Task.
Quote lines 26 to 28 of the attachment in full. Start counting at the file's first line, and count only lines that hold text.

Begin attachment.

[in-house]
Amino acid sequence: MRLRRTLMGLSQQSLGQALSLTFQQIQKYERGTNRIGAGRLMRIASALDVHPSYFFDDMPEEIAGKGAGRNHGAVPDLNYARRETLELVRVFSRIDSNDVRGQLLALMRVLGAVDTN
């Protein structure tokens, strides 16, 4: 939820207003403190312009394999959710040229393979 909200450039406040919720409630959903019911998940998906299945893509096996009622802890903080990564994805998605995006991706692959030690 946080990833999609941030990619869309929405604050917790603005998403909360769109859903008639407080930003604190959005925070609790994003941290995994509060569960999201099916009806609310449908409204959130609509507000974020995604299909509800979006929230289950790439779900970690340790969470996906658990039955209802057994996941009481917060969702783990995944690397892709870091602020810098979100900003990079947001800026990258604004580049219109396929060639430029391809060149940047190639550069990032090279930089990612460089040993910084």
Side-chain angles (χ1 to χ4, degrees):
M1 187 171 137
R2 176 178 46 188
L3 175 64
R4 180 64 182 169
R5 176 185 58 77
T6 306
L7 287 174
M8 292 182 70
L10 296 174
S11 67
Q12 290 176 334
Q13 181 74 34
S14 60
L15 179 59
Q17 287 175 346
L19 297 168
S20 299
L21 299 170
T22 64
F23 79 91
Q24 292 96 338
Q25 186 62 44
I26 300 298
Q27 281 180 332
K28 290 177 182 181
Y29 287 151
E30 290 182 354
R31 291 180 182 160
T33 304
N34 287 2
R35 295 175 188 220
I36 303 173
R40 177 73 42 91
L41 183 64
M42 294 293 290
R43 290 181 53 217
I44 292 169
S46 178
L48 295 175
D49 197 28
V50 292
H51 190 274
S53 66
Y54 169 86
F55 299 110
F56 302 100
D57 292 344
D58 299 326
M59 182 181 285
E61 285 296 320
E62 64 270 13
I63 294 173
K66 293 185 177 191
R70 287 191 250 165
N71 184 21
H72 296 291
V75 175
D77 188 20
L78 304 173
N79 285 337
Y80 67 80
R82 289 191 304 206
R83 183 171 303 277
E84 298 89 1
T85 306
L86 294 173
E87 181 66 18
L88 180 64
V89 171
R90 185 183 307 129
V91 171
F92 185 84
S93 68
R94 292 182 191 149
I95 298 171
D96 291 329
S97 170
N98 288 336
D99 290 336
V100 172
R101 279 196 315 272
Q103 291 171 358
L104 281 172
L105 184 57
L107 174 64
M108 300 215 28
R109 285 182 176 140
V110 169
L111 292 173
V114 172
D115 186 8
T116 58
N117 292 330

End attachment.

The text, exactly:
Q25 186 62 44
I26 300 298
Q27 281 180 332